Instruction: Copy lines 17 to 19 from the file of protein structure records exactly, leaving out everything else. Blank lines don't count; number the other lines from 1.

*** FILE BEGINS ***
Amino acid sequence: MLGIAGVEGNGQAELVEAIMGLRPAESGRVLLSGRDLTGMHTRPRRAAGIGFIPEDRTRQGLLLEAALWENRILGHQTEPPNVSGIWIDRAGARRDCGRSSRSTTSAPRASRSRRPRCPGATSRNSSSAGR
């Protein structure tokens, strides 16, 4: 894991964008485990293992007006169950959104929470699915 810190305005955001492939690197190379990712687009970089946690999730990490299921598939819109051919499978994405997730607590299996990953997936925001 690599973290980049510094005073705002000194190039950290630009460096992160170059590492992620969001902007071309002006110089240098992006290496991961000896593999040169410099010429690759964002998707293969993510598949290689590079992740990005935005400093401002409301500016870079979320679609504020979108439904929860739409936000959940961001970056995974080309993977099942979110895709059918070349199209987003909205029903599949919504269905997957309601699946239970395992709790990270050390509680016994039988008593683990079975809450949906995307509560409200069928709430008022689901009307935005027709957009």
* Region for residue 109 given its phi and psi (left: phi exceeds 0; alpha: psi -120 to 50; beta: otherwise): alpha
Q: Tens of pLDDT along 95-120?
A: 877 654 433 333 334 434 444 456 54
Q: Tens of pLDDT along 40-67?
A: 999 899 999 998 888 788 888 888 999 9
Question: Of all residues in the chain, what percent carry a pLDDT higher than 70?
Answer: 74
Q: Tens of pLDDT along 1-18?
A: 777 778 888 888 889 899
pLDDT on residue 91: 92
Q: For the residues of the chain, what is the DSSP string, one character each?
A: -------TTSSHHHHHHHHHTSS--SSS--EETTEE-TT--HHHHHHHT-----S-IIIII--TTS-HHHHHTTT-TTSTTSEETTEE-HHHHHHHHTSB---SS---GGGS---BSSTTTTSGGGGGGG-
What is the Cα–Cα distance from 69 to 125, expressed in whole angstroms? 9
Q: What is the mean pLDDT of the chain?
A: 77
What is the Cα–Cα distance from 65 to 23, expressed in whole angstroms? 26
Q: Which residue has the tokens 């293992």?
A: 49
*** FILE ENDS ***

A: 77
What is the Cα–Cα distance from 65 to 23, expressed in whole angstroms? 26
Q: Which residue has the tokens 């293992």?